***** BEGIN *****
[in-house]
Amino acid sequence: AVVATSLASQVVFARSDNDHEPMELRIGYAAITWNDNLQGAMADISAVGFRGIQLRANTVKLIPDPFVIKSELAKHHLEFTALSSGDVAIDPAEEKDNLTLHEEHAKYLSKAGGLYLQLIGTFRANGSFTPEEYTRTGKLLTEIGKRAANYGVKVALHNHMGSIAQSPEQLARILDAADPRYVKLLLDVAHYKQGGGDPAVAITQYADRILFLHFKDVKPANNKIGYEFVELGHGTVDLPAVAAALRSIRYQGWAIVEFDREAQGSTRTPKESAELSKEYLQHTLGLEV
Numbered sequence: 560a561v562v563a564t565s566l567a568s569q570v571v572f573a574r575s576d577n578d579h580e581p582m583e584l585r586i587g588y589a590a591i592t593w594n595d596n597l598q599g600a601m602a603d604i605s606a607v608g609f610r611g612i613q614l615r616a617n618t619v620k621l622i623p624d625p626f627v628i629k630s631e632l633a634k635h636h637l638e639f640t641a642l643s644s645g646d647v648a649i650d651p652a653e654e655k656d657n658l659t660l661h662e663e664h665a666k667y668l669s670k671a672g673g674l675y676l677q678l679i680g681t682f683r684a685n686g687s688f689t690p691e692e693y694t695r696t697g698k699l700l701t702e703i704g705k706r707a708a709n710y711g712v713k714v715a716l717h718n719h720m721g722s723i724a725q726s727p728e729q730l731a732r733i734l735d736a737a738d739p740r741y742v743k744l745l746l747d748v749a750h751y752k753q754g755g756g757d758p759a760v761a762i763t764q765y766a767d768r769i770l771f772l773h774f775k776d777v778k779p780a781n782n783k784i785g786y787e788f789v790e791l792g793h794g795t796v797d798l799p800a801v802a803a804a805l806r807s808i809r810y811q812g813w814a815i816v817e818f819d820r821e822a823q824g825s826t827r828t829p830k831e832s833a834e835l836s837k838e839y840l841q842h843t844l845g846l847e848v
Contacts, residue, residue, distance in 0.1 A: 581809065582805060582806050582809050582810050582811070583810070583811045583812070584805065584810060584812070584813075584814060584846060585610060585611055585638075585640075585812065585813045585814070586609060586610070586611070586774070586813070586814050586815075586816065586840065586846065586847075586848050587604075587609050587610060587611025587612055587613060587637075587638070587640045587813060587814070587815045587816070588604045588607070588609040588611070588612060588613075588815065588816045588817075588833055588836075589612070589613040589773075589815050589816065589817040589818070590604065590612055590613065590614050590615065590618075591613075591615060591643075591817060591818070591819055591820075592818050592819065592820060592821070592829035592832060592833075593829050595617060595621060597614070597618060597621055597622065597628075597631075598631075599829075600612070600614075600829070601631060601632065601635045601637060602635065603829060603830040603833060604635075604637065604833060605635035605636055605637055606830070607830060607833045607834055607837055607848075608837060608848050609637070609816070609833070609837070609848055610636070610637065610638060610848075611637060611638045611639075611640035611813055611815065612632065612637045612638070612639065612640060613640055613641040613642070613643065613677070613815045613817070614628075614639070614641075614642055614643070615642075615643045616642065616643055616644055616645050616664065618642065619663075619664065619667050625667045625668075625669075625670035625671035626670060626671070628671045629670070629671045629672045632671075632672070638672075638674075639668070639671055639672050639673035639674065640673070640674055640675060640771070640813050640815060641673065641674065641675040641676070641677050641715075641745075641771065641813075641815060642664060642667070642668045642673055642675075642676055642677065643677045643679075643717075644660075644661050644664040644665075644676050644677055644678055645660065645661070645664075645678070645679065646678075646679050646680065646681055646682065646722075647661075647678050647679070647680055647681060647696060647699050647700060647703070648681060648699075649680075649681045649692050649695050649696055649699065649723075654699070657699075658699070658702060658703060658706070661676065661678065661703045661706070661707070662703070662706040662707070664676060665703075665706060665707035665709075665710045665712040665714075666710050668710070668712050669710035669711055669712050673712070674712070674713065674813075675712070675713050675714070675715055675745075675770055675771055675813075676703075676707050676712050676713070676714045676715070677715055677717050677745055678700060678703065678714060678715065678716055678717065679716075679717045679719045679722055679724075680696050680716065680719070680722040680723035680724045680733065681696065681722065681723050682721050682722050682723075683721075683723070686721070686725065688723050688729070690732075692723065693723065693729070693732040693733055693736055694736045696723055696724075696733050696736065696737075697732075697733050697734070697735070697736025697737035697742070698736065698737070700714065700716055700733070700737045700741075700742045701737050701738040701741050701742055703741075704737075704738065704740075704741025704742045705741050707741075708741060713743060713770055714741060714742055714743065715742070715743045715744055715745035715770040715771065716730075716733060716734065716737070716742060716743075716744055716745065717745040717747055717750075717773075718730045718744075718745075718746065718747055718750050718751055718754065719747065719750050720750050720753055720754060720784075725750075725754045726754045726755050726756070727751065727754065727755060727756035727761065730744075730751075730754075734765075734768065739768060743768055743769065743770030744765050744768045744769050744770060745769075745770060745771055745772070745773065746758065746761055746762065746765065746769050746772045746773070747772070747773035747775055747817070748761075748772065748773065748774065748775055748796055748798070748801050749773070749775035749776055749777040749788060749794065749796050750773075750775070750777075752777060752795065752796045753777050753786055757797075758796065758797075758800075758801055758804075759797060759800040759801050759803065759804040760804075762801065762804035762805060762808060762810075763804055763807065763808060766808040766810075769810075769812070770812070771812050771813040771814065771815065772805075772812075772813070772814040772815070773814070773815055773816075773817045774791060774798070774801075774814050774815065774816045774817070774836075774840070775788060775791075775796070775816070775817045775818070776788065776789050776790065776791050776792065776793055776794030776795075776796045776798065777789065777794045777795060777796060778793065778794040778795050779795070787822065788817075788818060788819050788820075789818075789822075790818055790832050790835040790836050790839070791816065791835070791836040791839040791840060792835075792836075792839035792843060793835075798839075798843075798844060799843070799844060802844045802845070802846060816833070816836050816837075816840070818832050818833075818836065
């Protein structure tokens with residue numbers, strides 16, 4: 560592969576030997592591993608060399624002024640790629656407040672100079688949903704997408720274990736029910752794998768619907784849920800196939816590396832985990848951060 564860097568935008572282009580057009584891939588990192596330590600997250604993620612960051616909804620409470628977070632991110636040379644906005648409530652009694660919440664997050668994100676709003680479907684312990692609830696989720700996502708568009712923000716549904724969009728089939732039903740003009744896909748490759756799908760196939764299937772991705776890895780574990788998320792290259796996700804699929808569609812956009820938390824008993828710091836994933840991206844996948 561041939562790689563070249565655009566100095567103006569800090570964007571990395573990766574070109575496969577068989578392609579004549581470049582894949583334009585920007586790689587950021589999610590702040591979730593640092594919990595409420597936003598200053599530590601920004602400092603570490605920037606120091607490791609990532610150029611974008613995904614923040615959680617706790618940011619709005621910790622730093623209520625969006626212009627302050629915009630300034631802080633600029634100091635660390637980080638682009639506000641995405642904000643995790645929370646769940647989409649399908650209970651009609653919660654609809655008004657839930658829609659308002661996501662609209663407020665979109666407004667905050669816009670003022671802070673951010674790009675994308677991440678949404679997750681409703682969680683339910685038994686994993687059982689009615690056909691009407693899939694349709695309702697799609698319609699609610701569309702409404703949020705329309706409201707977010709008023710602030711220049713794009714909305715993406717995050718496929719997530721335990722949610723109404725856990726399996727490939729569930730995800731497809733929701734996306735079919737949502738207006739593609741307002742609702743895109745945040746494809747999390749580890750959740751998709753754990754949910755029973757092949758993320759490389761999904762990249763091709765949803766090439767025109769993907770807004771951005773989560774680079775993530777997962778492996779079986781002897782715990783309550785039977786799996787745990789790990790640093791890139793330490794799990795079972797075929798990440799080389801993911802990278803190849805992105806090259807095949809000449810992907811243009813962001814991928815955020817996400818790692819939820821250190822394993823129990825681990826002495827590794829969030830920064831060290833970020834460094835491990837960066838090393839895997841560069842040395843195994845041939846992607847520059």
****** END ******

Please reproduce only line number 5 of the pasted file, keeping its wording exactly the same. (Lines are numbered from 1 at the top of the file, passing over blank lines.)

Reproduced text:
């Protein structure tokens with residue numbers, strides 16, 4: 560592969576030997592591993608060399624002024640790629656407040672100079688949903704997408720274990736029910752794998768619907784849920800196939816590396832985990848951060 564860097568935008572282009580057009584891939588990192596330590600997250604993620612960051616909804620409470628977070632991110636040379644906005648409530652009694660919440664997050668994100676709003680479907684312990692609830696989720700996502708568009712923000716549904724969009728089939732039903740003009744896909748490759756799908760196939764299937772991705776890895780574990788998320792290259796996700804699929808569609812956009820938390824008993828710091836994933840991206844996948 561041939562790689563070249565655009566100095567103006569800090570964007571990395573990766574070109575496969577068989578392609579004549581470049582894949583334009585920007586790689587950021589999610590702040591979730593640092594919990595409420597936003598200053599530590601920004602400092603570490605920037606120091607490791609990532610150029611974008613995904614923040615959680617706790618940011619709005621910790622730093623209520625969006626212009627302050629915009630300034631802080633600029634100091635660390637980080638682009639506000641995405642904000643995790645929370646769940647989409649399908650209970651009609653919660654609809655008004657839930658829609659308002661996501662609209663407020665979109666407004667905050669816009670003022671802070673951010674790009675994308677991440678949404679997750681409703682969680683339910685038994686994993687059982689009615690056909691009407693899939694349709695309702697799609698319609699609610701569309702409404703949020705329309706409201707977010709008023710602030711220049713794009714909305715993406717995050718496929719997530721335990722949610723109404725856990726399996727490939729569930730995800731497809733929701734996306735079919737949502738207006739593609741307002742609702743895109745945040746494809747999390749580890750959740751998709753754990754949910755029973757092949758993320759490389761999904762990249763091709765949803766090439767025109769993907770807004771951005773989560774680079775993530777997962778492996779079986781002897782715990783309550785039977786799996787745990789790990790640093791890139793330490794799990795079972797075929798990440799080389801993911802990278803190849805992105806090259807095949809000449810992907811243009813962001814991928815955020817996400818790692819939820821250190822394993823129990825681990826002495827590794829969030830920064831060290833970020834460094835491990837960066838090393839895997841560069842040395843195994845041939846992607847520059």